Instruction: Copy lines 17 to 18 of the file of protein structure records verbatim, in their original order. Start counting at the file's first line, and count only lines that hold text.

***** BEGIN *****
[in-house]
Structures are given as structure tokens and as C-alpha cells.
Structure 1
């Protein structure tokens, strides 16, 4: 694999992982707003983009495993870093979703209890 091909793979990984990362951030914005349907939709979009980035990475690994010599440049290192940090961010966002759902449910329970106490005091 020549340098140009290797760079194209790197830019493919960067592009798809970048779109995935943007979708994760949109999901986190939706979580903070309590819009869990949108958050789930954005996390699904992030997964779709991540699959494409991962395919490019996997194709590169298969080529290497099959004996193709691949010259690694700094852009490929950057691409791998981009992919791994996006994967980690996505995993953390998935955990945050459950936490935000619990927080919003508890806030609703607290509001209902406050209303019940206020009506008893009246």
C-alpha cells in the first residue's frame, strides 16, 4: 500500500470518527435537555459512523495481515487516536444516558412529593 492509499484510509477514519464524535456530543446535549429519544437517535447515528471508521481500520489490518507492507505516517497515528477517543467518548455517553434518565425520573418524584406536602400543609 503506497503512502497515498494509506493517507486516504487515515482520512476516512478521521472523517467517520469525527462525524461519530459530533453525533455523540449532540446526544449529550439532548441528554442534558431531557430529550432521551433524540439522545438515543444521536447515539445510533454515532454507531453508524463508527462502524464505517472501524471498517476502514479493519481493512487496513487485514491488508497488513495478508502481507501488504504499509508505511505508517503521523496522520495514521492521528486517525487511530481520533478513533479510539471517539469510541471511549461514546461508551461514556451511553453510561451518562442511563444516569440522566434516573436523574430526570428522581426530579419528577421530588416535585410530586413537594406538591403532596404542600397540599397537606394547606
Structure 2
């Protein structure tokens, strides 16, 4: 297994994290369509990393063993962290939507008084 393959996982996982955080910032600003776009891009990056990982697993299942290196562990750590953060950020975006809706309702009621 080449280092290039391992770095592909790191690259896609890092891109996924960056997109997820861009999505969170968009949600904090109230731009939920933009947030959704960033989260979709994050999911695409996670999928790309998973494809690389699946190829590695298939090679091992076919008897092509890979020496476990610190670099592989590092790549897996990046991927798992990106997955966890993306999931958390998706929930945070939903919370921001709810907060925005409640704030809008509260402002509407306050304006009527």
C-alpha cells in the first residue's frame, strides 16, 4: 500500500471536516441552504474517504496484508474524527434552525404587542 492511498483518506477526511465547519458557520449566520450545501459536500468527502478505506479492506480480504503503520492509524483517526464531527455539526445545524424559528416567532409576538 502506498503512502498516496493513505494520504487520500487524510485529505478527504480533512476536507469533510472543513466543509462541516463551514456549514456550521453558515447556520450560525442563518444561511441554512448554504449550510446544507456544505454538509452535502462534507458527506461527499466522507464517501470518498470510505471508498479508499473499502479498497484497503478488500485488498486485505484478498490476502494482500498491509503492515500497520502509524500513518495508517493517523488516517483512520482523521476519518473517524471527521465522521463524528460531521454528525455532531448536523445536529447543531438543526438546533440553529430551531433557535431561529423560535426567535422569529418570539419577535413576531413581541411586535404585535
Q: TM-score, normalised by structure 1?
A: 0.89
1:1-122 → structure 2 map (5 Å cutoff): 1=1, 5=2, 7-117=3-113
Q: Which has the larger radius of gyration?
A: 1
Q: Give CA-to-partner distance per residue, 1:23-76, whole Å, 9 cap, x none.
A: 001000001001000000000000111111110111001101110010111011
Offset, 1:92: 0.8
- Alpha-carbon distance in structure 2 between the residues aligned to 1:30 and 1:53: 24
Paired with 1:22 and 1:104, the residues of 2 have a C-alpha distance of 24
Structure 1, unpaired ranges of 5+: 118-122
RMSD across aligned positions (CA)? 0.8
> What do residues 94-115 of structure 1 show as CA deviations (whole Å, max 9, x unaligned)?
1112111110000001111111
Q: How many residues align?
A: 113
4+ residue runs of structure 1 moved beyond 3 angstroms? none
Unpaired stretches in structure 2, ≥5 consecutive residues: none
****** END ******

- Alpha-carbon distance in structure 2 between the residues aligned to 1:30 and 1:53: 24
Paired with 1:22 and 1:104, the residues of 2 have a C-alpha distance of 24